Ten things I’ve learned about road cycling in ten years

things I’ve learned about road cycling

things I’ve learned about road cyclingI recently celebrated my tenth anniversary of road cycling, so I thought I’d share the most important things I’ve learned about road cycling. Taking up road cycling was the second best decision I ever made. The first was when I chose my life partner, the gorgeous Phillip.

  1. Riding makes you fit

The past ten years have been my fittest ever. Before I took up riding I tried various forms of exercise like gym membership, aerobics classes, jogging and power walking but it wasn’t until I started riding a road bike regularly that I could truly claim to be fit for an entire 10 years. My fitness levels have gone up and down over those ten years but overall I’ve had my fittest years yet.

  1. Riding helps you connect socially

In ten years I’ve met hundreds of cyclists, many of whom are now my close friends. These hundreds of people live in my local area but I’ve also found new friends around Australia and overseas. Cycling is a great leveller, it enables people of different backgrounds to come together focused on the common love of riding. I’ve read many articles that espouse the benefits of social connections for both physical and mental health and cycling delivers social connections in spades.

  1. Riding gives me confidence

I grew up without any confidence in my physical ability so taking up cycling 10 years ago has given me something I lacked for many years. That confidence has had some wonderful knock-on benefits and made me a more confident person in all aspects of my life. It’s made me realise that I am capable of much more than I ever imagined.

  1. Riding is great for my mental health

There’s lots of great research and studies that detail the many health benefits of cycling including mental health. I always come home from a bike ride in a good mood and I never regret going out for a ride. This can be partly attributed to the good endorphins that are released when you exercise but I think it goes beyond that because road cycling is just so much fun as well.

  1. Riding is amazing for my physical health

Like mental health, the physical benefits of road cycling are numerous. I have regular health checkups and my GP always congratulates me on my physical health. I’ve written about it many times but in short it’s great for my fitness, heart health, brain health and much more.

  1. Riding an expensive bike is awesome

I started out ten years ago on a basic aluminium-framed road bike which I really loved at the time. I’ve since upgraded twice and now ride a beautiful bike that is just amazing to ride. I probably wouldn’t be riding a top-of-the-line bike if I didn’t spend five years working in a bike shop but I’m lucky enough to have received great discounts while I was there. And I can honestly say that my road bike is a dream machine.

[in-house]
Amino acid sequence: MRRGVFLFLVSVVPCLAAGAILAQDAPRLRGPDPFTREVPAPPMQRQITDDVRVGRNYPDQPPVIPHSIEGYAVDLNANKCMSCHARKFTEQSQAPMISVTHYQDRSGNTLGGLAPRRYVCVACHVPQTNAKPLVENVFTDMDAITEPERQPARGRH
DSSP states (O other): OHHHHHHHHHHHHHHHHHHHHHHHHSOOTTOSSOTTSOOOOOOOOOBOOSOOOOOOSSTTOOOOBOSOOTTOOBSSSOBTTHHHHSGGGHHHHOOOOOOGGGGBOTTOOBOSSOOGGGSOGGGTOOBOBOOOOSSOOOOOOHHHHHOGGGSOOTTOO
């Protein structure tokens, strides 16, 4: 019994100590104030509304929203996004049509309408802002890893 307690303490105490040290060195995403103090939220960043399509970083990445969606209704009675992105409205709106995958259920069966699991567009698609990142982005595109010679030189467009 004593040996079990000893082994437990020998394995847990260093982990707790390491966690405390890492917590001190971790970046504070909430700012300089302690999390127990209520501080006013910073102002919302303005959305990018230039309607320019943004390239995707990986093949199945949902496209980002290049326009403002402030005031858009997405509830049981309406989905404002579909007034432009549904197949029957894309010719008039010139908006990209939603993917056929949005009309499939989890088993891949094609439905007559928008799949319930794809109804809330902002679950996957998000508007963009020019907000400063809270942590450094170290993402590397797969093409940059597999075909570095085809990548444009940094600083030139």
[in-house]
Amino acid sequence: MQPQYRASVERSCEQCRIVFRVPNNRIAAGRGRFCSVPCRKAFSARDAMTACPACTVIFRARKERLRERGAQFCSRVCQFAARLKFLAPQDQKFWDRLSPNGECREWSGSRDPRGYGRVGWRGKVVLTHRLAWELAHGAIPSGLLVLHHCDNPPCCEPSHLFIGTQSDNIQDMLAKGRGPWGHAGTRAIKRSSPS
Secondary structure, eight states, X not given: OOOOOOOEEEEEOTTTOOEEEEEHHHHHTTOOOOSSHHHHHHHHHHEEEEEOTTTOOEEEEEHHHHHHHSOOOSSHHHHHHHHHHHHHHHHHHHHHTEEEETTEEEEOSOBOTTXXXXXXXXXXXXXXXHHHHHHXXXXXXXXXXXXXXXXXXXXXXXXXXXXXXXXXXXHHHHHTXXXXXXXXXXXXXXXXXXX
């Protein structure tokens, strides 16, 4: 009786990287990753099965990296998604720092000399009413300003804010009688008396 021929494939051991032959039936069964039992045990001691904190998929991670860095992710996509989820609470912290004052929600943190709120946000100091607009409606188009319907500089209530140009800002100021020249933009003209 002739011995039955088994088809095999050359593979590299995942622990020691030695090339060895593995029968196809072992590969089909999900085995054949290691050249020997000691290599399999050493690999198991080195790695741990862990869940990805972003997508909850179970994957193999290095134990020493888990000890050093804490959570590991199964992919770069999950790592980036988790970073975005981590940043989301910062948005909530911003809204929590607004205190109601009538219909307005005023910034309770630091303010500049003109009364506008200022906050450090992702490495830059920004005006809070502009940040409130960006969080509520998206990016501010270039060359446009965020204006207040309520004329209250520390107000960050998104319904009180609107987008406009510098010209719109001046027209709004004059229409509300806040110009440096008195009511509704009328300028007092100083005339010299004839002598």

1. Spending money on quality gear is essential

Buying fewer high quality items is worth all the money. I started out with cheap gear – helmet, shoes, clothes, gloves, sunglasses, etc. Unsurprisingly all that original gear has now been replaced with quality equipment that has lasted many years. It looks and feels good and makes me want to get out and ride my bike more often.

  1. Learning bike skills is necessary

When I started riding a road bike I thought I knew how to ride. After all, I could stay upright and convey the slick machine down the road. I was so wrong. There are so many skills that road cyclists need to learn like cornering, pedalling technique, climbing, descending and more. And unfortunately it takes time and practice.

  1. Car drivers can be really considerate

I live in the city of Sydney and there’s a lot of aggressive drivers around who appear to be mortally offended at the mere sight of a group of cyclists. But there are also lots of considerate, thoughtful drivers on the road who will give you their right of way, wait patiently until it’s safe to pass and generally look after others. So don’t be put off by that vocal minority.

  1. Never underestimate yourself

For me the most important lesson is that I should never underestimate myself. I can do far more on the bike that I ever thought possible. I can ride up big hills, I can ride long distances, I can descend with confidence and I can always improve.

 

So that’s the most important things I’ve learned about road cycling. Share yours via comments or the Women Who Cycle Facebook page.

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